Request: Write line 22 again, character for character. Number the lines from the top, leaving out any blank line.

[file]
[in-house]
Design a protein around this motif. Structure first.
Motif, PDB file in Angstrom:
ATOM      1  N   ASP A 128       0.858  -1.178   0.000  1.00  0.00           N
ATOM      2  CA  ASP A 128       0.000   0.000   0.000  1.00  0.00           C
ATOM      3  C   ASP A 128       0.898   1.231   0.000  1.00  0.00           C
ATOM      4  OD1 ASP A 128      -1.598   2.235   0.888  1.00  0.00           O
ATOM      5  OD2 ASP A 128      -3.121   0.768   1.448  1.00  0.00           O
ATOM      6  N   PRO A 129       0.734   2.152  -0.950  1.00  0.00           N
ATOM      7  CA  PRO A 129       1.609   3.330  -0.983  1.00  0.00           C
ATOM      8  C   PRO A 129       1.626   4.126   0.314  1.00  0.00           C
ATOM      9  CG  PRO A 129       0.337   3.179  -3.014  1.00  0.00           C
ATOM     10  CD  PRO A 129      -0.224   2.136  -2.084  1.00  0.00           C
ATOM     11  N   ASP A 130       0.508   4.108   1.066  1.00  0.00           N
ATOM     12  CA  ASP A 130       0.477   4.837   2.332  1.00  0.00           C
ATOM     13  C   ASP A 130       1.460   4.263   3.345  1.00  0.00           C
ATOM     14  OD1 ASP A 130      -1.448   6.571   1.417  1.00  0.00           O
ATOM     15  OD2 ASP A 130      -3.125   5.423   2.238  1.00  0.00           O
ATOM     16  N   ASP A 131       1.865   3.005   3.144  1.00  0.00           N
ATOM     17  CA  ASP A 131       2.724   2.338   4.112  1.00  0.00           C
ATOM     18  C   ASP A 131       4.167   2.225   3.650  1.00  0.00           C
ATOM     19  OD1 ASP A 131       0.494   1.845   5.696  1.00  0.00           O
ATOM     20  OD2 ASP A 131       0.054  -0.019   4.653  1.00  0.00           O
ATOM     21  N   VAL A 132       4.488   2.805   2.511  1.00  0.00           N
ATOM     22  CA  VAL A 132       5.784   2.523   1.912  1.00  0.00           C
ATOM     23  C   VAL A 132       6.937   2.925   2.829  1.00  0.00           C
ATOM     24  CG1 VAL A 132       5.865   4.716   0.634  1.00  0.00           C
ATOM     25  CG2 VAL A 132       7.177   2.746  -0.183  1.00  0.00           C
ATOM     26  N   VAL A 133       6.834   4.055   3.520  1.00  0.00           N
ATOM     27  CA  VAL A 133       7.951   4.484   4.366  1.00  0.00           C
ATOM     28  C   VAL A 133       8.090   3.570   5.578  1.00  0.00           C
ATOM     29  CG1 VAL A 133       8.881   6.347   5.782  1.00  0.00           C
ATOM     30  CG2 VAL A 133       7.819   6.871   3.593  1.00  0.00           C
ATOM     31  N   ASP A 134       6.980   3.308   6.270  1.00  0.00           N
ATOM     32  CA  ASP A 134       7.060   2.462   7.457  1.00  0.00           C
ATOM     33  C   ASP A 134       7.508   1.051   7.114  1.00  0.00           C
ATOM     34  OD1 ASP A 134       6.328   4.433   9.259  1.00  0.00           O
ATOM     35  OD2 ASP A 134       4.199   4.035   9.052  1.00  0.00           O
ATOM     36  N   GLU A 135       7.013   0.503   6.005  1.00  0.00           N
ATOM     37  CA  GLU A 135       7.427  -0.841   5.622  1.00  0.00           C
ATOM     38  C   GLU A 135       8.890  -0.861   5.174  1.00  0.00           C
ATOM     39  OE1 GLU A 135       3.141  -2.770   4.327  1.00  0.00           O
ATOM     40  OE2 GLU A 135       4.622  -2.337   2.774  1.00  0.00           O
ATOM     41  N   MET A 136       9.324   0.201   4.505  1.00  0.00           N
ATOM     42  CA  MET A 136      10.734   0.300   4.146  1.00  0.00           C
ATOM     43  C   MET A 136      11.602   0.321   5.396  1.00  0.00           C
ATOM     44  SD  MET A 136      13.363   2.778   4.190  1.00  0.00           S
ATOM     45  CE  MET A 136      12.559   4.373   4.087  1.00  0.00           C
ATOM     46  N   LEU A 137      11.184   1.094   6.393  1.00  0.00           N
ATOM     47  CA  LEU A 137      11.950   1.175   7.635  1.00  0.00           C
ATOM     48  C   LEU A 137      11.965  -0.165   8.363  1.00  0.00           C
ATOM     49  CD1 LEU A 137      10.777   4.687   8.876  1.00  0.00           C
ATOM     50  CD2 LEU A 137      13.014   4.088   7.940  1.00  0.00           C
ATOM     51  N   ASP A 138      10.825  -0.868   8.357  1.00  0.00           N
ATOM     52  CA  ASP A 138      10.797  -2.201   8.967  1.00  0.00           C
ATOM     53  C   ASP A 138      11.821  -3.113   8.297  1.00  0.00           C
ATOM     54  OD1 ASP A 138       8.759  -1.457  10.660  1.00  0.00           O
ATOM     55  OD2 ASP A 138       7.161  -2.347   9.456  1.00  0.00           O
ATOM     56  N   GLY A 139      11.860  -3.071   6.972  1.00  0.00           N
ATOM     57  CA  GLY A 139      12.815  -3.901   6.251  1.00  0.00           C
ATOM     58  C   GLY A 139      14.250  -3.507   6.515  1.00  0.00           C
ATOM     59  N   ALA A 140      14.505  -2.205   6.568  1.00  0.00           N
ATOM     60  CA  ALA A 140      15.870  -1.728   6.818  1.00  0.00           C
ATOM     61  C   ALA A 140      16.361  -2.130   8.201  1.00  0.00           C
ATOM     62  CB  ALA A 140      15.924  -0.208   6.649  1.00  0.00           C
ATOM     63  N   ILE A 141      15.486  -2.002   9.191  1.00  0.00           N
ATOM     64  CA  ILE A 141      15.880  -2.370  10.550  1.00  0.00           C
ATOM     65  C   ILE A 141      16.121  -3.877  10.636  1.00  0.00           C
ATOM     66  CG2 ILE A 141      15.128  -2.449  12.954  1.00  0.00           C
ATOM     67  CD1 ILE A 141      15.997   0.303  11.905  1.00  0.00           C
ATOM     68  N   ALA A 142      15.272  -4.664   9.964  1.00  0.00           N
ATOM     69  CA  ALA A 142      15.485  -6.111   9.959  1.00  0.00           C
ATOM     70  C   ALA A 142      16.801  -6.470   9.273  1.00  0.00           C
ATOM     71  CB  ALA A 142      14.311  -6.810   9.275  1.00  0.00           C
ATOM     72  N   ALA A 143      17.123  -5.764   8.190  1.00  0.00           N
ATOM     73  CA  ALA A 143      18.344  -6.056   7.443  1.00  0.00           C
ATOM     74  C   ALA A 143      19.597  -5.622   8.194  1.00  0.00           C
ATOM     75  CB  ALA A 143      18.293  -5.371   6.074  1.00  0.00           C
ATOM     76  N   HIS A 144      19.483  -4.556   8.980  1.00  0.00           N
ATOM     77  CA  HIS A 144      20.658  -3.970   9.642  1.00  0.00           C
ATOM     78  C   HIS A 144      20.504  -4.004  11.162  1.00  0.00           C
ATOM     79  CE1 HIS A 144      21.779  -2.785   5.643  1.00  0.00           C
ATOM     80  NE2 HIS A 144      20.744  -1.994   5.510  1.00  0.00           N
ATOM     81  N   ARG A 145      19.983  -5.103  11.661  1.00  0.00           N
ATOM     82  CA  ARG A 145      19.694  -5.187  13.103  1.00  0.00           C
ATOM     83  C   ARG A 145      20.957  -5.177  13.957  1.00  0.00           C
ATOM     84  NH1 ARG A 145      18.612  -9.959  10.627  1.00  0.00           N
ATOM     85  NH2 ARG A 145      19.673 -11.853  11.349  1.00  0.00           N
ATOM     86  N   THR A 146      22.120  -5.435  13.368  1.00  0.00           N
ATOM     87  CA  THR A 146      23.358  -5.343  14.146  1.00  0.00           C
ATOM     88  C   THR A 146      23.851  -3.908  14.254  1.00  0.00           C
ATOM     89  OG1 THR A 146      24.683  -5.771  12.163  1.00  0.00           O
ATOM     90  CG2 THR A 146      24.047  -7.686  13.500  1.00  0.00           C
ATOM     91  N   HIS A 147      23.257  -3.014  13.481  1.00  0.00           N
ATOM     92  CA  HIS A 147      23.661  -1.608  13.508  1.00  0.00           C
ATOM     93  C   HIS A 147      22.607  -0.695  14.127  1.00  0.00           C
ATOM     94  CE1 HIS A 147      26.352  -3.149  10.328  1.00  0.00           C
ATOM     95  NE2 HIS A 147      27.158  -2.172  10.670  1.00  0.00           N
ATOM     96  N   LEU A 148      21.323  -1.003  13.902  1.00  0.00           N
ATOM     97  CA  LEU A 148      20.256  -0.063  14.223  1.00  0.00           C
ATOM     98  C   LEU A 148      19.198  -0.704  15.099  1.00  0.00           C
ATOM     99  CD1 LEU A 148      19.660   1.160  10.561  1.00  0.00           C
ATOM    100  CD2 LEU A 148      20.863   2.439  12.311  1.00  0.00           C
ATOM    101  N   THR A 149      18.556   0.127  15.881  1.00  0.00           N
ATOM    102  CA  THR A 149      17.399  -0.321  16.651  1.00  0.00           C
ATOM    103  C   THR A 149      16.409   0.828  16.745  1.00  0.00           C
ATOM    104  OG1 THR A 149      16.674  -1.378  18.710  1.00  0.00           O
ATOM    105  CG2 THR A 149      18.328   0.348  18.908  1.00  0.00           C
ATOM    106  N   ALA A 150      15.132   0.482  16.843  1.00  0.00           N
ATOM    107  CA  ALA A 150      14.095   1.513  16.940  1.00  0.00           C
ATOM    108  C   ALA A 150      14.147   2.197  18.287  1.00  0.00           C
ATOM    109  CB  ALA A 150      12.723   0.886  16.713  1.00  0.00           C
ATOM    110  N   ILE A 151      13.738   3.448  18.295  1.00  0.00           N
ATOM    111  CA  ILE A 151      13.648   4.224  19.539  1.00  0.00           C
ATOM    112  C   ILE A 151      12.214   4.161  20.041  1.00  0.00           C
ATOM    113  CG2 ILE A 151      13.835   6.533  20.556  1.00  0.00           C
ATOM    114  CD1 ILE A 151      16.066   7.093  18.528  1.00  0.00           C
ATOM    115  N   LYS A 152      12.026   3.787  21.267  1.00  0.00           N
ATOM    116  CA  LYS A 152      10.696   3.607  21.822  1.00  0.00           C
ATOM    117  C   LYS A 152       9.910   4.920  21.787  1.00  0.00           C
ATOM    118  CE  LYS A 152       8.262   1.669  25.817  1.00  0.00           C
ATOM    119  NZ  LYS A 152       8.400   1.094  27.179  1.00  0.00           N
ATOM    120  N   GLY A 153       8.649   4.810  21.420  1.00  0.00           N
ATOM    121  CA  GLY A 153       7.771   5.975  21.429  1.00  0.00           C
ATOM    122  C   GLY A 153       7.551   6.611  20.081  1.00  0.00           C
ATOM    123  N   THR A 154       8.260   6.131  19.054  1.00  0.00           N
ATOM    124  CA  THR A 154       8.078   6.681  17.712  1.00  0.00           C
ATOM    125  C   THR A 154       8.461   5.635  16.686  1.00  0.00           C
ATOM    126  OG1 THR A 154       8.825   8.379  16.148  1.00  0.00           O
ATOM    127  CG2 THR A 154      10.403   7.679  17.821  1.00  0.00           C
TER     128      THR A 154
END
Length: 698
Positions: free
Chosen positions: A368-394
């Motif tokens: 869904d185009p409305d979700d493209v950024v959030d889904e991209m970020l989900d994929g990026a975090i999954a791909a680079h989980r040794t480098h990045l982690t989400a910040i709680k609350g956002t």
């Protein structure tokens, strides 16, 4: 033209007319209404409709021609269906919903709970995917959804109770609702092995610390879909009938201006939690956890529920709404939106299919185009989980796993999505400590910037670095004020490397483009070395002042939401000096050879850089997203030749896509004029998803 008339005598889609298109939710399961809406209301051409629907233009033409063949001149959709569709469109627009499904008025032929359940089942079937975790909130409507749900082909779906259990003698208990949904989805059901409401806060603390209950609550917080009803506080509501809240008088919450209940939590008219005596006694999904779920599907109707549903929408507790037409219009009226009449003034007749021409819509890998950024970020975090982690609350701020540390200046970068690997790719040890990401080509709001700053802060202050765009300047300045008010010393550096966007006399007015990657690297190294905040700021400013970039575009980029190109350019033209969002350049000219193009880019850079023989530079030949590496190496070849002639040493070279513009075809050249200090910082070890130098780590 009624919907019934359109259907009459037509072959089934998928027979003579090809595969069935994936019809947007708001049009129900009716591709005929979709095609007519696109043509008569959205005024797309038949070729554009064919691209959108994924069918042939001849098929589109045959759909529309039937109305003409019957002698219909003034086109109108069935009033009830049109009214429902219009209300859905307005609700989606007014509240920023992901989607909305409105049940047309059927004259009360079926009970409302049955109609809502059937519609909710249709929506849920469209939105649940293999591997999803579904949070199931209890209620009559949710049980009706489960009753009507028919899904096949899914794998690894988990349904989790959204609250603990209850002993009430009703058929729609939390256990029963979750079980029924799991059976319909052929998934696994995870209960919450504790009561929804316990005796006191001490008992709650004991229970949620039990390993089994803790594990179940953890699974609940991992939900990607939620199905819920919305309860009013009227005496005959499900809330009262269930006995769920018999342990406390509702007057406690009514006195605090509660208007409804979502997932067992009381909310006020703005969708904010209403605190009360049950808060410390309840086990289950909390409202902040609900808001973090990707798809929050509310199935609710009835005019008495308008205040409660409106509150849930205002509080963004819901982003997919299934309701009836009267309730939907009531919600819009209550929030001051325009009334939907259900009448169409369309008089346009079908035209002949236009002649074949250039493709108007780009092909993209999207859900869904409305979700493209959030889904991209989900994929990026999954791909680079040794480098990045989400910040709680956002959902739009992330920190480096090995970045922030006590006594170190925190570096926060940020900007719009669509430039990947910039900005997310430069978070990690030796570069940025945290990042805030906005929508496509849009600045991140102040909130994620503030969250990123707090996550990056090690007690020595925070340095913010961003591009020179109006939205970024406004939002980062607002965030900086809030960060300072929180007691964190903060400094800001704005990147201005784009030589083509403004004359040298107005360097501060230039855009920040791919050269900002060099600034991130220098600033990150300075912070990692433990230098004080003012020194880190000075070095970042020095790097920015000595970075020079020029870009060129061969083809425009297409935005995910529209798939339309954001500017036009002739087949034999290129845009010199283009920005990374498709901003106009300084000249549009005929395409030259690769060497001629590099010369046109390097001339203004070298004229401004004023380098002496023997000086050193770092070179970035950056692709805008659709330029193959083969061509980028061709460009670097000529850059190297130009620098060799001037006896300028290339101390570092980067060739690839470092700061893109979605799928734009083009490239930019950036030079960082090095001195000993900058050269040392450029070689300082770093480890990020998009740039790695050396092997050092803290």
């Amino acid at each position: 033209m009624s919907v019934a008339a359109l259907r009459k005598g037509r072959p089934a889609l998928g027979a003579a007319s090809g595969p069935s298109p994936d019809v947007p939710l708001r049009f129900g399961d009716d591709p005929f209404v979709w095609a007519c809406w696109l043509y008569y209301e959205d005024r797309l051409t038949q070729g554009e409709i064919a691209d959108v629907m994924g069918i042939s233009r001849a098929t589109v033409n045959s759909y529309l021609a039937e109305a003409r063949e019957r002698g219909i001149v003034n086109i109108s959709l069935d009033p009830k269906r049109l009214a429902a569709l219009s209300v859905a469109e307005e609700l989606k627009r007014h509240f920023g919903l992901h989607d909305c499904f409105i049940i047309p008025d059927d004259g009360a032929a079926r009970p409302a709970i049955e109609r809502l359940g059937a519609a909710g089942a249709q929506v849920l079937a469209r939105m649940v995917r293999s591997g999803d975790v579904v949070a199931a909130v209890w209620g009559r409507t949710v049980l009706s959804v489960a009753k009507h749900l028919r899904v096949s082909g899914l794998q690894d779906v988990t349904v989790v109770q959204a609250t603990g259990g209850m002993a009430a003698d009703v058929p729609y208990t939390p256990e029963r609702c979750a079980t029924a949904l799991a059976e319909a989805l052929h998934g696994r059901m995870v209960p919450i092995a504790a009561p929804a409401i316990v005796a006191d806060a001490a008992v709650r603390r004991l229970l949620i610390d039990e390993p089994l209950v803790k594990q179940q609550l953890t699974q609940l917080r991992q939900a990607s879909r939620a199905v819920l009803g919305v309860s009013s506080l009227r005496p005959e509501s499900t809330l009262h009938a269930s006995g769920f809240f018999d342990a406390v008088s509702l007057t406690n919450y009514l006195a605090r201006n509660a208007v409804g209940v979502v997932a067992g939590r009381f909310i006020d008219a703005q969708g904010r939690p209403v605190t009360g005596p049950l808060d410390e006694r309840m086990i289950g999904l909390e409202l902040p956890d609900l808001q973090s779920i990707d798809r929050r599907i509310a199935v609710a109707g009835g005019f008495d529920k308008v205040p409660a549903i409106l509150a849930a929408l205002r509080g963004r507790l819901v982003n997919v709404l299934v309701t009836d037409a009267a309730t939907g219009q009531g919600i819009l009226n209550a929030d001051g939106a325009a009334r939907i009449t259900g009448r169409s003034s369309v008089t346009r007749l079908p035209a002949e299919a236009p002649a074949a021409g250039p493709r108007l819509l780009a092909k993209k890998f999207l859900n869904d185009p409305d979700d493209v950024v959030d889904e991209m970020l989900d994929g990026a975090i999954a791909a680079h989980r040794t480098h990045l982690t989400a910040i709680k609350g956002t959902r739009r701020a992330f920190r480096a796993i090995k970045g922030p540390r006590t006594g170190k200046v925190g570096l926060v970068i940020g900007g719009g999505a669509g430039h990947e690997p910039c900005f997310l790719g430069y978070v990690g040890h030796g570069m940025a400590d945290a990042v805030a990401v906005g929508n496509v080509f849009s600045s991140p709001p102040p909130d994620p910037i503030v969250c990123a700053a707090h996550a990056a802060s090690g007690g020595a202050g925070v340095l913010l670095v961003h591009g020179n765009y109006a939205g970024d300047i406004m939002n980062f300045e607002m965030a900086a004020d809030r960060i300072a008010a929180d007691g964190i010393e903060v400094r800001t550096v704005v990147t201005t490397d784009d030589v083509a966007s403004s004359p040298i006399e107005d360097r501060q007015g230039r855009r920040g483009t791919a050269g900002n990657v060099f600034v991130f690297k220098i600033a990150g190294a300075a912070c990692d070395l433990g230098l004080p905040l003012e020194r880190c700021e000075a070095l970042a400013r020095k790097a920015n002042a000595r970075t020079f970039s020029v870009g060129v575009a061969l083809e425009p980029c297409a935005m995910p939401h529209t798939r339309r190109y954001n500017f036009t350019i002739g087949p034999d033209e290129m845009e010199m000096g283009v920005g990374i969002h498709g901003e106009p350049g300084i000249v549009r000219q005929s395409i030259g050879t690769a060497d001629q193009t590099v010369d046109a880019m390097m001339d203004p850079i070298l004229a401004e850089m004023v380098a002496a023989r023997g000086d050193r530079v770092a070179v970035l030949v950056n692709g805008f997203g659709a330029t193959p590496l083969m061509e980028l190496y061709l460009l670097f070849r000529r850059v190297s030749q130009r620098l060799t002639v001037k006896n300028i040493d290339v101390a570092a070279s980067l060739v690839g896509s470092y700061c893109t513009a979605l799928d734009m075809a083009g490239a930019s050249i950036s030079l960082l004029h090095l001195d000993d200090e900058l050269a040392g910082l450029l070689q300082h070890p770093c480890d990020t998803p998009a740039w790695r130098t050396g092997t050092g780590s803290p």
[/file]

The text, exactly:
ATOM     19  OD1 ASP A 131       0.494   1.845   5.696  1.00  0.00           O